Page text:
Coleman’s quest

Former GJ, Mesa tennis player Joey Coleman does whatever it takes to help orphanage in Mongolia

Grand Junction native Joey Coleman pauses for a moment during his climb up Mount Elbrus, the highest peak in Europe. Coleman’s climb up the 18,510-foot peak raised $10,000 for an orphanage in Mongolia, which will be used to build a community center.



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Grand Junction native Joey Coleman pauses for a moment during his climb up Mount Elbrus, the highest peak in Europe. Coleman’s climb up the 18,510-foot peak raised $10,000 for an orphanage in Mongolia, which will be used to build a community center.

Joey Coleman’s sense of adventure led him to climb above the clouds on his trek up Mount Elbrus.



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Joey Coleman’s sense of adventure led him to climb above the clouds on his trek up Mount Elbrus.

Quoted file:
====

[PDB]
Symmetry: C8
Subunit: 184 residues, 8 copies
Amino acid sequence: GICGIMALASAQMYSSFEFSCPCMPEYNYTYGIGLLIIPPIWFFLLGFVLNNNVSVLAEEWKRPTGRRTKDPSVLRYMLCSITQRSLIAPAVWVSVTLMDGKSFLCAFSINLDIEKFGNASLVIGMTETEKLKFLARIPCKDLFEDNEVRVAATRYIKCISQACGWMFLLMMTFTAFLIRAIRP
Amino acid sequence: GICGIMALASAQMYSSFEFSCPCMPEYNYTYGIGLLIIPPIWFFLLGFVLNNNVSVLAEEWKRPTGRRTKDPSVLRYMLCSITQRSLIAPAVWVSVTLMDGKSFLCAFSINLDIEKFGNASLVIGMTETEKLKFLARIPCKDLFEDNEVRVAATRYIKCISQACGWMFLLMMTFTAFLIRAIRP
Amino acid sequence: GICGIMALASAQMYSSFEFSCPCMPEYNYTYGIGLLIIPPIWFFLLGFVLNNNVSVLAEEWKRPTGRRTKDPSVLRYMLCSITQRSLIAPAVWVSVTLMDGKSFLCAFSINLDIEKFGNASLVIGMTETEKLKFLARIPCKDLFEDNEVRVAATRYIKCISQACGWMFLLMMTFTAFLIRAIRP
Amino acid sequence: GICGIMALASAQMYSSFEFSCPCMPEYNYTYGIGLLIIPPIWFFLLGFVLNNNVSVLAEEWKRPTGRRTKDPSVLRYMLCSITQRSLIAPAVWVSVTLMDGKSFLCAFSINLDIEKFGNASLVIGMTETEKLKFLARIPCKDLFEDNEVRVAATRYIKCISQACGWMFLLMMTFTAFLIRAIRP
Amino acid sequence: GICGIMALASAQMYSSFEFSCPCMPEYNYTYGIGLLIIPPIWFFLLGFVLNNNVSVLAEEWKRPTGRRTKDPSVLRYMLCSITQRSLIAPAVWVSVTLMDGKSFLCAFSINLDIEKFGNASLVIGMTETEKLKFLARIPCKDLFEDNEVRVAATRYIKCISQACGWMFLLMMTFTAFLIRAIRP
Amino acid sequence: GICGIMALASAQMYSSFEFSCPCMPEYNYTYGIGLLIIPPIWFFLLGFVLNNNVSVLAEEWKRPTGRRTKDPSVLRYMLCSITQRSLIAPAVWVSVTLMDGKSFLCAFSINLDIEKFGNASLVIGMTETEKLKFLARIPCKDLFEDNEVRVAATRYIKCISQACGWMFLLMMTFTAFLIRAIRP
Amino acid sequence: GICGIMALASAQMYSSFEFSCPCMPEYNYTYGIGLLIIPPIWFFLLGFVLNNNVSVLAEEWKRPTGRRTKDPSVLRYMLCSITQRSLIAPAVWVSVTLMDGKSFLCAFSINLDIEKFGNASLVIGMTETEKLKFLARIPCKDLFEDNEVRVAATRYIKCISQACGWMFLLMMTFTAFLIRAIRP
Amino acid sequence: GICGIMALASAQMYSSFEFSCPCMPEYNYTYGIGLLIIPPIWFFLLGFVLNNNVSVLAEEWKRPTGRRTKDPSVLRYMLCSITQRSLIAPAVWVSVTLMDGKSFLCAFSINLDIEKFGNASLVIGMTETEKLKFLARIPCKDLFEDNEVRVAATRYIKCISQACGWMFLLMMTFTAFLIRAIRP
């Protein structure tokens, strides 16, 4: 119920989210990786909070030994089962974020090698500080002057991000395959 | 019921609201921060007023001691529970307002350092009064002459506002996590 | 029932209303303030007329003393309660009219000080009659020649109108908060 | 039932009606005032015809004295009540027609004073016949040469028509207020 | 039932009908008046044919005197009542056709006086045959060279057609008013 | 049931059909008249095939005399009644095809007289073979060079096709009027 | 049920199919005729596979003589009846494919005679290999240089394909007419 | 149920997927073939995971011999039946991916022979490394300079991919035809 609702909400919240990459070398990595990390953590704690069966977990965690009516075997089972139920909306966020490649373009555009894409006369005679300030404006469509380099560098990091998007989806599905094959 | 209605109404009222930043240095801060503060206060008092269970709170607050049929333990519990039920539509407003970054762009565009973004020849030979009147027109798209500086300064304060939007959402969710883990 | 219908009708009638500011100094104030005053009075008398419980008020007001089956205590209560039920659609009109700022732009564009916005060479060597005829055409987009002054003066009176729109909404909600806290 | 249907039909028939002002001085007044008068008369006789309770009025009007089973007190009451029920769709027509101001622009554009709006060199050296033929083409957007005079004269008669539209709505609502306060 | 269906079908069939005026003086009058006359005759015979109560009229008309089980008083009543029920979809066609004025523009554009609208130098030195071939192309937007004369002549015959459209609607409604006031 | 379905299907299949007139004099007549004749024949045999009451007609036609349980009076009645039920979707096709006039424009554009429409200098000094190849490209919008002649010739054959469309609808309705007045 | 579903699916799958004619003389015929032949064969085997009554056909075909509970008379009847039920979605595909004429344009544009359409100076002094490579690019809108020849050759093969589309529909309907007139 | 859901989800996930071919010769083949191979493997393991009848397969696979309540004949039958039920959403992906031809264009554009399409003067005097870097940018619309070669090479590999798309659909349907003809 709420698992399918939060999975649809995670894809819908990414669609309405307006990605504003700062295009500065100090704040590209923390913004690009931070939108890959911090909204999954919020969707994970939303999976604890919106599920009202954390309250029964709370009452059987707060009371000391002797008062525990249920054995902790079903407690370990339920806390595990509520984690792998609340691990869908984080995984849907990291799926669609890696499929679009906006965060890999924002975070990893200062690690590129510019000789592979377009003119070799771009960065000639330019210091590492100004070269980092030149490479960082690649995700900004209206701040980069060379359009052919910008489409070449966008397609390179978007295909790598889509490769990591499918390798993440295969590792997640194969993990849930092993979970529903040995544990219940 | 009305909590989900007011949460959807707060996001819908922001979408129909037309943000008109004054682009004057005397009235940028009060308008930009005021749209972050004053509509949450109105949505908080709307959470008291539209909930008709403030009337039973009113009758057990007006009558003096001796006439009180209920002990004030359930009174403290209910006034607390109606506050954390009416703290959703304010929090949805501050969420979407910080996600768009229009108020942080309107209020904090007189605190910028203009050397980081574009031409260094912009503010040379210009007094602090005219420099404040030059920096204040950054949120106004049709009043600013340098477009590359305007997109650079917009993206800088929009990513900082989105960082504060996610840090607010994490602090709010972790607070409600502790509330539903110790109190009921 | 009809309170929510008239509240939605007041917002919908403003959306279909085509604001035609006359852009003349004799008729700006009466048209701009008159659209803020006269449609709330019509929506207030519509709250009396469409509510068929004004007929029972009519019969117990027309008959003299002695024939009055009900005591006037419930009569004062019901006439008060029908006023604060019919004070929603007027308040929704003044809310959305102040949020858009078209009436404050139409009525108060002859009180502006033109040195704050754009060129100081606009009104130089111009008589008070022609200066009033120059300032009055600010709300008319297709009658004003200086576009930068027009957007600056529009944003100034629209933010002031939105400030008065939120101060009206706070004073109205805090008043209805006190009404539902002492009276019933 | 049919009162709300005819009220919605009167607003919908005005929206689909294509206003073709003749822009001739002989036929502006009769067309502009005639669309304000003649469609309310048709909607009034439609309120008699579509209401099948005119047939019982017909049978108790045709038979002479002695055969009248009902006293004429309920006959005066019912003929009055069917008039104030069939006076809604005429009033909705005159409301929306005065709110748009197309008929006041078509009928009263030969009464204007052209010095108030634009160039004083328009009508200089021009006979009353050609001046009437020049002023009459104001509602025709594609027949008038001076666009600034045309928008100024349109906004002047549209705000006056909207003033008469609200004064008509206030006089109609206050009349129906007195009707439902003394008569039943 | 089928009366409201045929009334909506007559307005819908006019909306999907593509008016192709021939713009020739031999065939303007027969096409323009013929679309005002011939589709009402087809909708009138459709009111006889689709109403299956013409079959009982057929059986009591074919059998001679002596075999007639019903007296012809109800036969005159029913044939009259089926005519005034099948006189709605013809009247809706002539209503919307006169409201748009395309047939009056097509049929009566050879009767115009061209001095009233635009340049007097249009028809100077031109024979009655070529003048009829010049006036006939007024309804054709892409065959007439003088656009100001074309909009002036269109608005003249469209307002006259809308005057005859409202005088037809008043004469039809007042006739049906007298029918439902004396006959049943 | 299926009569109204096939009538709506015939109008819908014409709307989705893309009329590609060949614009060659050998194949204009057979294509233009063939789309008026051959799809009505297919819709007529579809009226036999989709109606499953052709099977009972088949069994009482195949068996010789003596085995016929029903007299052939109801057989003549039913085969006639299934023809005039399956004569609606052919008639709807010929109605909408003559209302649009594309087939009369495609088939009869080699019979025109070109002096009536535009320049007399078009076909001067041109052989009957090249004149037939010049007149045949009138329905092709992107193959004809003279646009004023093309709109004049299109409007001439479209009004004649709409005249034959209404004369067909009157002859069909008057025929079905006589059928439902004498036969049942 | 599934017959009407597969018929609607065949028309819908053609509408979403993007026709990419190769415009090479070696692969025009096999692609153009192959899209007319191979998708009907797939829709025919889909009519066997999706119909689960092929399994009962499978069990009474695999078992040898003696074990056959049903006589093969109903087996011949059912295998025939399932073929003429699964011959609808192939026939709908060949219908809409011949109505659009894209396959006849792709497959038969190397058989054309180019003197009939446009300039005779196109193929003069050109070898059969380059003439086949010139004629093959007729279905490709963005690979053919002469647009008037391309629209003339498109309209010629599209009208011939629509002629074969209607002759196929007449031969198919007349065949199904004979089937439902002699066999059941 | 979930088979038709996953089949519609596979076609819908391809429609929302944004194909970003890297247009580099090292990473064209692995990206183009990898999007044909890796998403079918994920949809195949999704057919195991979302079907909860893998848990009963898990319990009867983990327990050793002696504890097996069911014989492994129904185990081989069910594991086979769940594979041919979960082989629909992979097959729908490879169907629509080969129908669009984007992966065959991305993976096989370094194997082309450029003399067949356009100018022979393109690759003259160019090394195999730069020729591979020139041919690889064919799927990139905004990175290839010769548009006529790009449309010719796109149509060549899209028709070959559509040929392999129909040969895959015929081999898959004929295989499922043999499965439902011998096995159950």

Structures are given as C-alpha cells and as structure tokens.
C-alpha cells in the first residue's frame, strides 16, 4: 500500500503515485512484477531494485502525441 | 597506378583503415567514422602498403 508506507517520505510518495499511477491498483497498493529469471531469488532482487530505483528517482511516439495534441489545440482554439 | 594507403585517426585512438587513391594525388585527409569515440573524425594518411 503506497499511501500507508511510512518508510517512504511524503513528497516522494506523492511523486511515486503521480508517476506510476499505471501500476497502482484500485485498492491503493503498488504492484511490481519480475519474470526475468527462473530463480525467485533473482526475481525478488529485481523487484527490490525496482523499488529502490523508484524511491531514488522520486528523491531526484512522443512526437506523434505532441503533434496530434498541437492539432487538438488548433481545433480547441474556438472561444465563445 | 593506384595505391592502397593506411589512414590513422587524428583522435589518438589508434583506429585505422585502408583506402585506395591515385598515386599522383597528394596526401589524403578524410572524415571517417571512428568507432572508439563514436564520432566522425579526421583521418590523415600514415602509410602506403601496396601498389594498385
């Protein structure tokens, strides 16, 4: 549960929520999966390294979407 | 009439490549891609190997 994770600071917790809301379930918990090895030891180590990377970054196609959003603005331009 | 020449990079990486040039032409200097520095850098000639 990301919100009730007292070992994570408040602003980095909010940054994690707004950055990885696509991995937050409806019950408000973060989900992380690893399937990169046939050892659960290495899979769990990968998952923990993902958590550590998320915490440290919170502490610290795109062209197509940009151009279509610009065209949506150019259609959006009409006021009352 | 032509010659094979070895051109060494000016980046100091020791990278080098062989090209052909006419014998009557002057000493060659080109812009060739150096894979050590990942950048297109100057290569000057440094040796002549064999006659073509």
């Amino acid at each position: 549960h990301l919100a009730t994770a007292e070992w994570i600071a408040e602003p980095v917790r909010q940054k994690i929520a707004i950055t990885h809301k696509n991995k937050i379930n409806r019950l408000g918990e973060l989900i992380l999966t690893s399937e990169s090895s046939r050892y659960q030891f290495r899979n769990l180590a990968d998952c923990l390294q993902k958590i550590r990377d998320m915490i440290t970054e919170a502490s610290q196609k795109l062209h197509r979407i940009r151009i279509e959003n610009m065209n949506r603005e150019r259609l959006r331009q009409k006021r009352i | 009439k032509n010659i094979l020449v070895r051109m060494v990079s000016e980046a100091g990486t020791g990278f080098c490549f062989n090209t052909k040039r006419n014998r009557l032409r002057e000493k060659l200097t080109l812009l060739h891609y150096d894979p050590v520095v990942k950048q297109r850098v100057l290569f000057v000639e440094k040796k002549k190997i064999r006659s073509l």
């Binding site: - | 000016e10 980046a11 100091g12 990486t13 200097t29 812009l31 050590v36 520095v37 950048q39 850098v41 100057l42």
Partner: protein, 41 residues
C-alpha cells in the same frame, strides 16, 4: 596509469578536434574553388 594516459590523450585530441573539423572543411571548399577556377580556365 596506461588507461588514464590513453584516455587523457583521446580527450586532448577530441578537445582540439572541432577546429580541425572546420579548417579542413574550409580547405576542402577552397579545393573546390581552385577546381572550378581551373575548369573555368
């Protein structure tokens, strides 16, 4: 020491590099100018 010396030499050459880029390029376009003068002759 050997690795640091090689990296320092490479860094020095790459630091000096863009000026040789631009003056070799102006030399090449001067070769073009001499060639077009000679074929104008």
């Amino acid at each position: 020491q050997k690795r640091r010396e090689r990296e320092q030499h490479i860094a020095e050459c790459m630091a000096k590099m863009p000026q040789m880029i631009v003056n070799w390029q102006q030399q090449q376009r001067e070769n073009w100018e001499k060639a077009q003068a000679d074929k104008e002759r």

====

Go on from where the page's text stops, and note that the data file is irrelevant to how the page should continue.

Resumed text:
Joey Coleman poses for a photo with a group of children he coached in Singapore. Coleman says working with and helping chlidren brings him great enjoyment. He is currently helping at a Mongolian orphanage.



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Joey Coleman poses for a photo with a group of children he coached in Singapore. Coleman says working with and helping chlidren brings him great enjoyment. He is currently helping at a Mongolian orphanage.

Joey Coleman’s ability to play tennis, shown here during the Elam Classic in 2008, has led him around the world, coaching kids in Singapore.



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Joey Coleman’s ability to play tennis, shown here during the Elam Classic in 2008, has led him around the world, coaching kids in Singapore.

QUICKREAD

About Joey Coleman

Tennis career:

Grand Junction High School — No. 1 singles all four years on varsity boys tennis team.

Colorado Mesa University — 2006–08 played No. 1 singles and doubles on men’s tennis team.

Boise State University — selected 2010 Most Inspirational Player on men’s tennis team.

Follow him online:

Coleman’s website, http://www.52-weeks.net, documents his travels.

Seven Summits